Molds produce a number of powerful substances that can affect your health in beneficial or detrimental ways. It should come as no surprise that fungi produce potent biologically active compounds—after all, lysergic acid (the parent compound of LSD) is produced by a mushroom! And penicillin is a mycotoxin produced by the mold Penicillium, better known as an antibiotic.
Some mold compounds are volatile and released directly into the air, known as microbial volatile organic compounds (mVOCs). Fragments of the cell walls of molds (glucans) can also be inhaled and cause inflammatory respiratory reactions, including a flu-like illness called Organic Dust Toxic Syndrome (ODTS).

But the most serious danger comes from highly poisonous agents called mycotoxins.

More than 200 mycotoxins have been identified from common molds. Mycotoxins interfere with RNA synthesis and may cause DNA damage.8 The mycotoxins that have probably received the most attention by researchers are the trichothecenes, produced by Stachybotyrs chartarum and Aspergillus versicolor. Mycotoxins, even in minute quantities, are lipid-soluble and readily absorbed by your intestinal lining, airways, and skin. Some are so poisonous that they have been studied and developed as biological warfare agents9 as far back as the 1940s. Aflatoxin and trichothecenes10 are prime examples.

Even spores that are no longer able to reproduce can still harm your health due to these mycotoxins—in other words, “dead” mold spores are every bit as dangerous as “live” ones. The spores do not produce the toxins—rather, it is thought that the toxins are produced when the spores are produced, by the mold colony. Scientists believe that mycotoxins are the organism’s way of holding a competitive edge by defeating other organisms that are trying to thrive in the same environment—like humans, for example.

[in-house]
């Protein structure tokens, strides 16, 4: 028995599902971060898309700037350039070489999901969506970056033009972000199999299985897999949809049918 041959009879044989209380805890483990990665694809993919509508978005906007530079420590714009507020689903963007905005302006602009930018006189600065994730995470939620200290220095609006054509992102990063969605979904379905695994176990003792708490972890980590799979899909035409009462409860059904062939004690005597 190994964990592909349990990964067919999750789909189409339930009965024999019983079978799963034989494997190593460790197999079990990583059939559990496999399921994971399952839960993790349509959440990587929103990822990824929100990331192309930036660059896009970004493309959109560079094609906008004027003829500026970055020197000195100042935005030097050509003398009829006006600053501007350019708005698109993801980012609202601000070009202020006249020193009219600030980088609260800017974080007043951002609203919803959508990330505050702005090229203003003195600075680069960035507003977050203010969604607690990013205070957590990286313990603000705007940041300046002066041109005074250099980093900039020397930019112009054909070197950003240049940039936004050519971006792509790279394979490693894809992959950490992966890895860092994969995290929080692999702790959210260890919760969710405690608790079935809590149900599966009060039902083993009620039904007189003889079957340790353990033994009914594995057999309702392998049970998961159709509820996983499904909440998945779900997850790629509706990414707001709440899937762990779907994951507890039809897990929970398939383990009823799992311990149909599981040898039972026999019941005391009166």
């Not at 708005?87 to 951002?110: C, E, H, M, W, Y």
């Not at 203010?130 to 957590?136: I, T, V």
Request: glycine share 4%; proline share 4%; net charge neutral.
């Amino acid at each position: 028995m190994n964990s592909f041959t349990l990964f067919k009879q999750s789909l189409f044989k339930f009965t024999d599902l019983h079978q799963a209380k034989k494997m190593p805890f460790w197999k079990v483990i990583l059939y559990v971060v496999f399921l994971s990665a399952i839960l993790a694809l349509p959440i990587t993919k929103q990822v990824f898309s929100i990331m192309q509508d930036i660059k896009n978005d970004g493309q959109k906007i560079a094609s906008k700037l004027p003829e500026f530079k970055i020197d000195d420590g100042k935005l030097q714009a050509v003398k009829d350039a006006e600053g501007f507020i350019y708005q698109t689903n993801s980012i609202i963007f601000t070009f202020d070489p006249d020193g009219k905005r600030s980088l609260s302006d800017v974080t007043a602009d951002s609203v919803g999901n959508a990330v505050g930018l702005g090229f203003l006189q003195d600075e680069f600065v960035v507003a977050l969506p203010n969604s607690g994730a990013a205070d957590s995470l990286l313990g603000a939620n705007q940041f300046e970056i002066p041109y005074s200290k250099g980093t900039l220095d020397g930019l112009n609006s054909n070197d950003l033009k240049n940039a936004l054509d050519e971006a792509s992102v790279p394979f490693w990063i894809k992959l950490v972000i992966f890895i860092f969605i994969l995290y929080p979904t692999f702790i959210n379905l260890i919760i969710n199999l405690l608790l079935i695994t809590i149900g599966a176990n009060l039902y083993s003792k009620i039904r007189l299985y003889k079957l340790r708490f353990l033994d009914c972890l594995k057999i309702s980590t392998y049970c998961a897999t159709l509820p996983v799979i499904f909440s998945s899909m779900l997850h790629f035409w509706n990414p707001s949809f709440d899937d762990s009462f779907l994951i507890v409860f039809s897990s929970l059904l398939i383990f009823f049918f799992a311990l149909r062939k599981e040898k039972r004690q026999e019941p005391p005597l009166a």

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Types of Fungus Among Us

Mold is a type of fungus, as are mushrooms and yeast. There are between 100,000 and 400,000 types of fungi (estimates vary), and of these, scientists have identified more than 1,000 types of mold growing inside houses across America. Molds are classified into three groups according to human responses:
Allergenic Molds: These don’t usually produce life-threatening effects and are most problematic if you are allergic or asthmatic. The challenge is in figuring out what you are sensitive to. Children are particularly susceptible to mold allergies.

Pathogenic Molds: These produce some sort of infection, which is of particular concern if your immune system is suppressed. They can cause hypersensitivity pneumonitis, an acute response resembling bacterial pneumonia. An example is Aspergillus fumigatus, which can grow in the lungs of immune-compromised individuals.

Toxigenic Molds (aka “toxic molds”): These dangerous molds produce mycotoxins, which can have serious health effects on almost anyone. Possible reactions include immunosuppression and cancer. Mycotoxins are chemical toxins present within or on the surface of the mold spore, which you then unwittingly inhale, ingest, or touch. An example of this is aflatoxin, one of the most potent carcinogens known to mankind. Aflatoxin grows on peanuts and grains, and on some other foods.

The five most common indoor mold varieties are:

Alternaria: Commonly found in your nose, mouth, and upper respiratory tract; can cause allergic responses

Aspergillus: Usually found in warm, extremely damp climates, and a common occupant of house dust; produces mycotoxins; can cause lung infections (aspergillosis5)

Cladosporium: This very common outdoor fungus can find its way indoors to grow on textiles, wood and other damp, porous materials; triggers hay fever and asthma symptoms

Penicillium: Very common species found on wallpaper, decaying fabrics, carpet, and fiberglass duct insulation; known for causing allergies and asthma; some species produce mycotoxins, one being the common antibiotic penicillin

Stachybotrys: Extremely toxic “black mold” that produces mycotoxins that can cause serious breathing difficulties and bleeding of the lungs, among other health problems; thankfully, less common in homes than the other four, but not rare; found on wood or paper (cellulose products), but NOT on concrete, linoleum or tile